require(_modify == true,  “Overwriting existing asset!”);



    assets[_id].contract_address = _token_contract;

    assets[_id].name = _name;

    asset_index[_token_contract] = _id;


2.withdraw allows the owner to withdraw native CLO from the contract before users have claimed all the GNG tokens.

3.withdrawGNG functions can be used to withdraw GNG tokens in the contract during the vesting period before the user can claim, resulting in losses for users.
As per the developer notes, excess tokens must be burned after the ICO has ended (should not be withdrawn).
If this function intends to withdraw tokens that were not bought, it should be used a counter for tokens bought against the total deposited by the owner to get the number of tokens not bought.

4.The functions setup_vesting() and setup_contract() allow the contract owner to modify ICO contracts parameters which could lead to multiple incorrect computations leading to the user being unable to claim all GNG tokes purchased or additional tokens might be available for claim.

For instance, if end_timestamp is modified to extend the ICO period, the user has already made one or more claims and decides to purchase additional GNG tokens after the vesting period. The user would not be able to claim all the GNG tokens purchased.

In another instance where vesting_periods_total is modified user might be able to claim additional tokens if increased and lose the amount of GNG tokens if the value is decreased.

Consider adding checks to verify modifications to the ICO parameters by the functions setup_vesting and setup_contract() are possible only before the ICO has started.

5.delegateCall function can be used at any moment to change any storage slot of the contract making it unusable or do everything the owner wants.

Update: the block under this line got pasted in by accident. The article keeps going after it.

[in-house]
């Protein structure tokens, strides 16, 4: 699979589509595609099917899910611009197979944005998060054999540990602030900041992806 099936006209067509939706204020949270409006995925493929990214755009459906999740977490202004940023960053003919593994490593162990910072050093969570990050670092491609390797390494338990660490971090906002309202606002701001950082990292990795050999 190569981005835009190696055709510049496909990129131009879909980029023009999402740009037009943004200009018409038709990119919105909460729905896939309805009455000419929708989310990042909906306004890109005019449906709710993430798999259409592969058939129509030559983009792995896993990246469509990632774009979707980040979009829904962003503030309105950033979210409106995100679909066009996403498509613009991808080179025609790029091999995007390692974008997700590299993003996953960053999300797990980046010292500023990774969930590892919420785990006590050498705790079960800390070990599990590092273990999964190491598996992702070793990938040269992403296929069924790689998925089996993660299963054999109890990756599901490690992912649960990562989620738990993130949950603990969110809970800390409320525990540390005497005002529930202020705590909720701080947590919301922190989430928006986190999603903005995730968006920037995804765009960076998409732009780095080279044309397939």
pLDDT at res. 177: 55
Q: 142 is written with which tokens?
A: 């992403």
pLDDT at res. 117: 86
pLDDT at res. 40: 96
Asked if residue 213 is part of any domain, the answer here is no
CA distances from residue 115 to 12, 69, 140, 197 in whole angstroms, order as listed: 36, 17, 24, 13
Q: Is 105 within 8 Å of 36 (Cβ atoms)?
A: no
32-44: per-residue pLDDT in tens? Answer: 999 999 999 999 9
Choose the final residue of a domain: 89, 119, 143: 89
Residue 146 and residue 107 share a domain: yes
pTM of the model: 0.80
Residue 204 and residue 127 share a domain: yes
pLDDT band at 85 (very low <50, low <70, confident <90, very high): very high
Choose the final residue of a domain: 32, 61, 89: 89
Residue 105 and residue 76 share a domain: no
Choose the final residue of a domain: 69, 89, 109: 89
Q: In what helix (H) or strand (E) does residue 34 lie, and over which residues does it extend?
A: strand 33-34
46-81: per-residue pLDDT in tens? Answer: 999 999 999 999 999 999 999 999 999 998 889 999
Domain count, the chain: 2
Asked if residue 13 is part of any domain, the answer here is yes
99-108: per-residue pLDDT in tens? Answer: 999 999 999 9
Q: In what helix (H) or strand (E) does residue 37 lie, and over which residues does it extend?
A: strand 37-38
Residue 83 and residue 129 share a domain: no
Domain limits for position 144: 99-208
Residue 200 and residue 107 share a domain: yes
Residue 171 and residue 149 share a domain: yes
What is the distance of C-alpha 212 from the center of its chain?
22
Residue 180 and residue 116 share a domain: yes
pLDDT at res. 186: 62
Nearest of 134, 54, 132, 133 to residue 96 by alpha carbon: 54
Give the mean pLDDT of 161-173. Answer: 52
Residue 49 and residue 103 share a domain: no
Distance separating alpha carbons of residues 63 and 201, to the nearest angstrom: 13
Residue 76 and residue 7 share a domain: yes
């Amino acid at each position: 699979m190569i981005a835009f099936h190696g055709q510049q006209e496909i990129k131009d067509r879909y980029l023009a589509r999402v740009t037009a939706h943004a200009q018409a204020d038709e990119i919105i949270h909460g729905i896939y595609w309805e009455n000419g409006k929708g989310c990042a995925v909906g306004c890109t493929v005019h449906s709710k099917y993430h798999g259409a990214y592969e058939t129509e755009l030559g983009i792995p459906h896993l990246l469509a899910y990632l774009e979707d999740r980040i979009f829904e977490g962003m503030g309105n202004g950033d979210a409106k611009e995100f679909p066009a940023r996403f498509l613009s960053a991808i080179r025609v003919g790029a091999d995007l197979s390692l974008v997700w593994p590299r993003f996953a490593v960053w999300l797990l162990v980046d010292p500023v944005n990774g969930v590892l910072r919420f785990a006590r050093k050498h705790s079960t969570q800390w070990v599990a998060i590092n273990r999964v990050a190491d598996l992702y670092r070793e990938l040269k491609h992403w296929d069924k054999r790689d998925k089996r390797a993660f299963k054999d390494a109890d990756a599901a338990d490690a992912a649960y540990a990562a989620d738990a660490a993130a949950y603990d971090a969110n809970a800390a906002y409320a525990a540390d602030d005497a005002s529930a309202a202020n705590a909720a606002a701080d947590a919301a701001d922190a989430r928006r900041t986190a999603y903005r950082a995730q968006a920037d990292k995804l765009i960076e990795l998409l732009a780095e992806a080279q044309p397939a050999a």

Since the owner has unlimited rights to do everything, the ownership must be transferred to a multi-sig contract.

2.4 Follow Good Coding Practice





1. Functions, parameters, and variables in snake case.
Use camel case for all functions, parameters, and variables and snake case for constants.

2. Functions not used internally could be marked external
It’s a good coding practice to mark a function external when it’s not called within the contract but only from outside the contract.

3. Missing docstrings
Many functions in the code base lack documentation. This hinders reviewers’ understanding of the code’s intention, which is fundamental to correctly assess not only security, but also correctness. Additionally, docstrings improve readability and ease maintenance. They should explicitly explain the purpose or intention of the functions, the scenarios under which they can fail, the roles allowed to call them, the values returned, and the events emitted.
Consider thoroughly documenting all functions (and their parameters) that are part of the contracts’ public API. Functions implementing sensitive functionality, even if not public, should be clearly documented as well. When writing docstrings, consider following the Ethereum Natural Specification Format (NatSpec).

4. Missing test suite.
The contract is missing a test suite to validate and verify the behavior of the contract functionalities. Add tests are recommended to ensure the contract functions and behaves as expected.

3. Security Practices

4. Conclusion

The audited smart contract can be deployed. Only low severity issues were found during the audit.

Users should be aware of unlimited owner’s rights that can destroy the entire ICO process.

It is recommended to adhere to the security practices described in pt. 4 of this report to ensure the contract’s operability and prevent any issues that are not directly related to the code of this smart contract.

About Callisto Network

Founded by Dexaran,  co-founder of Ethereum Classic, Callisto Network is a blockchain platform that prioritizes security. We’ve conducted over 330 smart contract audits across platforms like Ethereum, Ethereum Classic, and EOS. In addition to our audits, we’ve developed the ERC 223 token standard and CallistoNFT standard, enhancements over existing standards that address flaws and offer new capabilities, further establishing us as industry leaders in crypto-security.

Trust The Blockchain, Audit Your Smart Contracts.